Monumental sculpture in public places can be traced back to the classical world of Greece and Rome. It has been used to celebrate events and people, promote national and local identity and inspire people by enhancing the built environment.
A statue of Queen Victoria was installed in Winchester in 1887, albeit unfinished. But in 1901 the city won the right to host a truly monumental statue of King Alfred the Great by Hamo Thornycroft. Coincidentally, Hamo’s brother, John, had moved his road transport production from Chiswick to Basingstoke in 1898 and was to move his shipping production to Southampton in 1904.
The erection of the statue was part of a wider Alfred Millenary, which commemorated the death of Alfred a thousand years before. Unfortunately, the organisers were a couple of years late, as Alfred died in 899. That aside, the unveiling was a huge success, with large crowds turning out and the statue has become a symbol of Winchester.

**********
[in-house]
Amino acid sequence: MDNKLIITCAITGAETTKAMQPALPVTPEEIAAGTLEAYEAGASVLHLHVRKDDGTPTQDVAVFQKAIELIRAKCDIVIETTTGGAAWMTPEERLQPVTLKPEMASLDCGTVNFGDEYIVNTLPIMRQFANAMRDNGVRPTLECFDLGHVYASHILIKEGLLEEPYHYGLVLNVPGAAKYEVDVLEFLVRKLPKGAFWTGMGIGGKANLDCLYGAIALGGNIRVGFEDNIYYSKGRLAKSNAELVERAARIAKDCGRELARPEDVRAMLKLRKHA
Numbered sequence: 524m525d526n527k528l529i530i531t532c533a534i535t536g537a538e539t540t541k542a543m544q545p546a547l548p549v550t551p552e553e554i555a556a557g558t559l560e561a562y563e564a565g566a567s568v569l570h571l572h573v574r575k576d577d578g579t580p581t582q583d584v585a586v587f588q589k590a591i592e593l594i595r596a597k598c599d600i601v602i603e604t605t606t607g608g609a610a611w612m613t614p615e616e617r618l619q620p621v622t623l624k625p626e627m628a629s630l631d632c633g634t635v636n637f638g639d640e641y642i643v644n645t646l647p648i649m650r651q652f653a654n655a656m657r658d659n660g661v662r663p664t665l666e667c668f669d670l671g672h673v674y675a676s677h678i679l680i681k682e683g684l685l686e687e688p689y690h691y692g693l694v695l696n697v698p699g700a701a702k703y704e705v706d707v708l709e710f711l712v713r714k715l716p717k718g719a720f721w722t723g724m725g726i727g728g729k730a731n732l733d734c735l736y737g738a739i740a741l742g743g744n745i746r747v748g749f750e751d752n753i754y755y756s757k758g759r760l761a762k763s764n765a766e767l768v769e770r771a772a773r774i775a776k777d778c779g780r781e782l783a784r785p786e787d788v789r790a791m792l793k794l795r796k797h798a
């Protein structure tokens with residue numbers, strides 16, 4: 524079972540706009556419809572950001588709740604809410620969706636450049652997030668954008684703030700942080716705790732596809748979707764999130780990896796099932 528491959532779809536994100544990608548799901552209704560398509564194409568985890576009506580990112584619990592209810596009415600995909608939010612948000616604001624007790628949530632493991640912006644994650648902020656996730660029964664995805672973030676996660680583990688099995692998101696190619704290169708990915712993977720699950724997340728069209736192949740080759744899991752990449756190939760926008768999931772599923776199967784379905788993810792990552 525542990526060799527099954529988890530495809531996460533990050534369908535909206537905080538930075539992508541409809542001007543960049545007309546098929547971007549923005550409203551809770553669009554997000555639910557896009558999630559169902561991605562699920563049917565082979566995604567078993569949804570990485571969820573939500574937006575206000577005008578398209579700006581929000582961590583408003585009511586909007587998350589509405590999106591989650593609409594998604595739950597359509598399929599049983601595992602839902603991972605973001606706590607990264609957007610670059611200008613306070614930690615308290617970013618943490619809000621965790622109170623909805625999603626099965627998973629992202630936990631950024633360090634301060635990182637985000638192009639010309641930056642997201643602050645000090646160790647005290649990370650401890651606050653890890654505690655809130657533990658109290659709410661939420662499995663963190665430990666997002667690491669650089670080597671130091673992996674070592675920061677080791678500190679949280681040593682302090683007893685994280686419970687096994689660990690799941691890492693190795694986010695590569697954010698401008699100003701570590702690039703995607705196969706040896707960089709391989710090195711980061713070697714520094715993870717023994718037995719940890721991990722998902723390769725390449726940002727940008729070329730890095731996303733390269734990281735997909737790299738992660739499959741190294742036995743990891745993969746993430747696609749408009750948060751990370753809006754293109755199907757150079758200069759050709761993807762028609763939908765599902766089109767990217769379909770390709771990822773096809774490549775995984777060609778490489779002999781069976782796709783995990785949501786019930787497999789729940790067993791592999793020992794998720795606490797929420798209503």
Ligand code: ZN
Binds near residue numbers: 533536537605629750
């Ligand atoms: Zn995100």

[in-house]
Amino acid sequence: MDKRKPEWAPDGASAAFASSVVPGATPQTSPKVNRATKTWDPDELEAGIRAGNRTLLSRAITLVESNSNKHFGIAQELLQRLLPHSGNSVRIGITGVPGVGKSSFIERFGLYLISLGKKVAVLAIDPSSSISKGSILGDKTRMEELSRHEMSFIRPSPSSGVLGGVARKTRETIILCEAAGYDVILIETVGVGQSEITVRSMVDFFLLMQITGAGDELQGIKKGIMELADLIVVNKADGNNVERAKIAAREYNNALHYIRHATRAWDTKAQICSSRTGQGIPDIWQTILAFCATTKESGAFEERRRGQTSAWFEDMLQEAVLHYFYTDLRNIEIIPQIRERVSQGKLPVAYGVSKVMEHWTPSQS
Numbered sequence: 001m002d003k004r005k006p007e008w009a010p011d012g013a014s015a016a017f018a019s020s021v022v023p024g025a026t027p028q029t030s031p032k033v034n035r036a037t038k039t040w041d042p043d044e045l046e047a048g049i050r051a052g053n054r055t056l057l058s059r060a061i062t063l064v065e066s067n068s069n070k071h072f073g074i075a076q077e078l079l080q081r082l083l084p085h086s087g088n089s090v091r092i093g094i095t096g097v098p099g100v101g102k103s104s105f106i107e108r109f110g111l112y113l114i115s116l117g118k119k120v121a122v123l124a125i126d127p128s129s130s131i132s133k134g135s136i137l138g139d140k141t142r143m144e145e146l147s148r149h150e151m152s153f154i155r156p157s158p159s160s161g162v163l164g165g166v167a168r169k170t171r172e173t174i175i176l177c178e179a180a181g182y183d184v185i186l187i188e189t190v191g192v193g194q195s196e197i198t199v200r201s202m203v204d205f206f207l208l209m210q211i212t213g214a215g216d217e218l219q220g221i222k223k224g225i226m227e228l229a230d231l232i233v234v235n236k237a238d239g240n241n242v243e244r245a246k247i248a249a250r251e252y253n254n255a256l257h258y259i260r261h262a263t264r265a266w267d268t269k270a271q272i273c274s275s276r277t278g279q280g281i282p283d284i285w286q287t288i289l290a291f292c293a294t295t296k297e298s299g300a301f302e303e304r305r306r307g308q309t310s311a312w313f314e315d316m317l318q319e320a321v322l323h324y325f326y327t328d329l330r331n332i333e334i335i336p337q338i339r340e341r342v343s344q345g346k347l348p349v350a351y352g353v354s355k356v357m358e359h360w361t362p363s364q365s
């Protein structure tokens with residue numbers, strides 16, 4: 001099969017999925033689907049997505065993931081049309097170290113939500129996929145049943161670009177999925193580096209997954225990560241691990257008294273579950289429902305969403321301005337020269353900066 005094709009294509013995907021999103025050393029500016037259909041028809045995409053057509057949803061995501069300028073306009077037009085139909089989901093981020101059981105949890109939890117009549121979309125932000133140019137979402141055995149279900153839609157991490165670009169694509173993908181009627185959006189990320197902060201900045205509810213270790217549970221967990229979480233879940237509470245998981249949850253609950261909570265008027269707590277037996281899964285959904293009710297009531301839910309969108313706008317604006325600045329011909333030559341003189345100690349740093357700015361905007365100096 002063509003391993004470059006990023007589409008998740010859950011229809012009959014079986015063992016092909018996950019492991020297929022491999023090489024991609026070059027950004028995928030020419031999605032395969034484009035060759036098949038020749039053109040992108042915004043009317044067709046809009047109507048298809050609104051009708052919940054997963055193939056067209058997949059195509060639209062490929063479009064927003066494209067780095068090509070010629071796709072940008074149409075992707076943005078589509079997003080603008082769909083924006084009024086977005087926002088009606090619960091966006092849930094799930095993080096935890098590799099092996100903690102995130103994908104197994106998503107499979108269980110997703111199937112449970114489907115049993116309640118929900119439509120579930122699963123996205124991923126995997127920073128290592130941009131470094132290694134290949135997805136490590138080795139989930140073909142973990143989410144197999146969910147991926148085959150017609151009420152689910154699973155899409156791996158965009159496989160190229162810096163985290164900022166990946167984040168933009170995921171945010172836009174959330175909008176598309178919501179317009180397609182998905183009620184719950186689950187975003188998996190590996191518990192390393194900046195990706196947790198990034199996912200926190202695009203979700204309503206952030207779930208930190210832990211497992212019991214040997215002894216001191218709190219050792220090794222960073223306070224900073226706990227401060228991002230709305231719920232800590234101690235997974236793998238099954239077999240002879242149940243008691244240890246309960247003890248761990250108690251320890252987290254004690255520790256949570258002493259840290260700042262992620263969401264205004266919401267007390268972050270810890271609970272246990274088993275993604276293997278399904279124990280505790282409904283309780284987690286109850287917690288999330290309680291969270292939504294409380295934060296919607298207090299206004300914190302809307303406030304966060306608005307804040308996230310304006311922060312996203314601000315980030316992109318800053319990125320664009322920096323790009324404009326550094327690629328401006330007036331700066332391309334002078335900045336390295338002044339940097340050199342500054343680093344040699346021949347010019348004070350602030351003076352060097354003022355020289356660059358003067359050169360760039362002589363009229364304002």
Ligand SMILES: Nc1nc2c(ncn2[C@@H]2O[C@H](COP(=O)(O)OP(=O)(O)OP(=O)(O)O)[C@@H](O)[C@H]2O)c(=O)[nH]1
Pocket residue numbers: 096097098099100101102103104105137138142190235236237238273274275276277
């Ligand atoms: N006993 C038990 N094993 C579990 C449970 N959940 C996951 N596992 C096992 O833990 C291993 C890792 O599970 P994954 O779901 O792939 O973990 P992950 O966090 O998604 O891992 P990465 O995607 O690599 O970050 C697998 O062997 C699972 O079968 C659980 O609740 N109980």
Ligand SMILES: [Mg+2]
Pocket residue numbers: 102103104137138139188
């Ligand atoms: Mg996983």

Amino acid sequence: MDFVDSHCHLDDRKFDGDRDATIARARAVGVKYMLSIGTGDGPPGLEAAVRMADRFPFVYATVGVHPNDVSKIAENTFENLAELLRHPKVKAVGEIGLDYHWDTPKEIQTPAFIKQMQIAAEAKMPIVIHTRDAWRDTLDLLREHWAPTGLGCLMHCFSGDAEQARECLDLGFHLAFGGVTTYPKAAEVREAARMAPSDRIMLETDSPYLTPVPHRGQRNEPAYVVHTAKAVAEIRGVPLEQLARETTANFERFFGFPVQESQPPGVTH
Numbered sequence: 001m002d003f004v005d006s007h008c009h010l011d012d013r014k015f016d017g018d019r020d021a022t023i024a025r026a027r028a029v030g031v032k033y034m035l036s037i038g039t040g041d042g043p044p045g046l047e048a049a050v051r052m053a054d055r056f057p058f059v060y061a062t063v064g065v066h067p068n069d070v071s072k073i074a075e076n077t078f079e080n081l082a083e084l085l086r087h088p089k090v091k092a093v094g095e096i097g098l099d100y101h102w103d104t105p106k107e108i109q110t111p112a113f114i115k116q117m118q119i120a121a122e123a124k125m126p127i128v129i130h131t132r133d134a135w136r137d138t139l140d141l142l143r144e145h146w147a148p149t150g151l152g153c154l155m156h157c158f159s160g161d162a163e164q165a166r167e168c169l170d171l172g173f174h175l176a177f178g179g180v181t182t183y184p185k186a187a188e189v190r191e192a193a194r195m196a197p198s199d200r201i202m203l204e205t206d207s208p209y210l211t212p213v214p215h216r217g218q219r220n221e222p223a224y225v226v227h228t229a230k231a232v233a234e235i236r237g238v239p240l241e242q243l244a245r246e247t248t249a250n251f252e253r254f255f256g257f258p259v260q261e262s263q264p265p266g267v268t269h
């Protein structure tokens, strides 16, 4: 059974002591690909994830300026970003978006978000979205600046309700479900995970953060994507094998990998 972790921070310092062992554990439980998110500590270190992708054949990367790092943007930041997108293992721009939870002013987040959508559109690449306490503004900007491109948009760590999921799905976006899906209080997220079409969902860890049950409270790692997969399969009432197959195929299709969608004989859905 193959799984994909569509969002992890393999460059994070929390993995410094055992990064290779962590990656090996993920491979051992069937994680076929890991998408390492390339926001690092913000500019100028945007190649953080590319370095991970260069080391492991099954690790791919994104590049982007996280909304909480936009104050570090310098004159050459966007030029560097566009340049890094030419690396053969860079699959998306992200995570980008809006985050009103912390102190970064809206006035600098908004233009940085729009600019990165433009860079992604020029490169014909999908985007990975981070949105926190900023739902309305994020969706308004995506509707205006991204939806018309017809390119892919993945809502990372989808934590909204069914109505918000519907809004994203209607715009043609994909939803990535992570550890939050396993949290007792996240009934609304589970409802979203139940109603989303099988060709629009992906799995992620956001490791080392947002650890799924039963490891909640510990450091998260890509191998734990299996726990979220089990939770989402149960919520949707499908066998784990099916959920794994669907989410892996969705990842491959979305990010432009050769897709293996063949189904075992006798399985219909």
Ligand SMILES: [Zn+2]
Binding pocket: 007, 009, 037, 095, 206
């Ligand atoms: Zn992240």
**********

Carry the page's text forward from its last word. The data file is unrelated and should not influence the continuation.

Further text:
One of the major players in winning Winchester’s right to host the statue was the newly elected mayor Alfred Bowker, who was only 27 at the time and was a member of a local family of solicitors. His campaigning and tireless work to secure the statue and make the Millenary celebration happen was rewarded with his very own silver replica of the statue, which was presented to him by members of the local millenary committee.
The replica statue, or maquette, was later donated to Winchester City Council by Bowker’s family, and it still forms an important part of the Winchester City Council civic silver. It can be seen on display in Winchester City Museum, along with other objects from the Alfred Millenary.
However, as well as a successful solicitor and politician, Alfred Bowker also appreciated the arts and was an artist himself. Hampshire Cultural Trust hold some watercolours by Bowker of the grounds of The Malms, Shawford where he lived and a water colour of St Ives, Cornwall. We also hold a bronze sculpture of Andromeda chained to the rock as a sacrifice to the sea monster Cetus.
The Andromeda sculpture is a little less ambitious and can be held in two hands. Bowker made the sculpture in 1935, so perhaps when he had more time on his hands!
To learn more about the collection cared for by Hampshire Cultural Trust, please click the link below.